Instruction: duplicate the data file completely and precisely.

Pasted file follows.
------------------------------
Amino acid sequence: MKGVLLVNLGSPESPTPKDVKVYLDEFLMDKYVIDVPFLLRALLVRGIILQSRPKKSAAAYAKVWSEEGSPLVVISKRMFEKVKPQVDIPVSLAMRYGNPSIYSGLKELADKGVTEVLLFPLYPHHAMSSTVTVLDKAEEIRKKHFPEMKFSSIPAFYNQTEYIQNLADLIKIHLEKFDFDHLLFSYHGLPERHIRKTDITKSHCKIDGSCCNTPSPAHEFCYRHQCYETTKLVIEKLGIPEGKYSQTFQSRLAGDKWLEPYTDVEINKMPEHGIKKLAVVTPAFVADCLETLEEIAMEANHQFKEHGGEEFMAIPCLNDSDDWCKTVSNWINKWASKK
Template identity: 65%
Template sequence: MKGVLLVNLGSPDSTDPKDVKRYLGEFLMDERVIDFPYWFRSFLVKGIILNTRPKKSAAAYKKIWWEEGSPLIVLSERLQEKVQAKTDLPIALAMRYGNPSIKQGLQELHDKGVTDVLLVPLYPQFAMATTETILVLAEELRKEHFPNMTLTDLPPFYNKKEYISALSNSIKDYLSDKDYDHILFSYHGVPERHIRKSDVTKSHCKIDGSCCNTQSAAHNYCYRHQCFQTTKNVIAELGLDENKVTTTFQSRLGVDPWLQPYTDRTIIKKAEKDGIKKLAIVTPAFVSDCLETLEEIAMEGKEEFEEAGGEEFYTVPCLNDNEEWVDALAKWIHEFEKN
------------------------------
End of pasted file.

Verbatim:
Amino acid sequence: MKGVLLVNLGSPESPTPKDVKVYLDEFLMDKYVIDVPFLLRALLVRGIILQSRPKKSAAAYAKVWSEEGSPLVVISKRMFEKVKPQVDIPVSLAMRYGNPSIYSGLKELADKGVTEVLLFPLYPHHAMSSTVTVLDKAEEIRKKHFPEMKFSSIPAFYNQTEYIQNLADLIKIHLEKFDFDHLLFSYHGLPERHIRKTDITKSHCKIDGSCCNTPSPAHEFCYRHQCYETTKLVIEKLGIPEGKYSQTFQSRLAGDKWLEPYTDVEINKMPEHGIKKLAVVTPAFVADCLETLEEIAMEANHQFKEHGGEEFMAIPCLNDSDDWCKTVSNWINKWASKK
Template identity: 65%
Template sequence: MKGVLLVNLGSPDSTDPKDVKRYLGEFLMDERVIDFPYWFRSFLVKGIILNTRPKKSAAAYKKIWWEEGSPLIVLSERLQEKVQAKTDLPIALAMRYGNPSIKQGLQELHDKGVTDVLLVPLYPQFAMATTETILVLAEELRKEHFPNMTLTDLPPFYNKKEYISALSNSIKDYLSDKDYDHILFSYHGVPERHIRKSDVTKSHCKIDGSCCNTQSAAHNYCYRHQCFQTTKNVIAELGLDENKVTTTFQSRLGVDPWLQPYTDRTIIKKAEKDGIKKLAIVTPAFVSDCLETLEEIAMEGKEEFEEAGGEEFYTVPCLNDNEEWVDALAKWIHEFEKN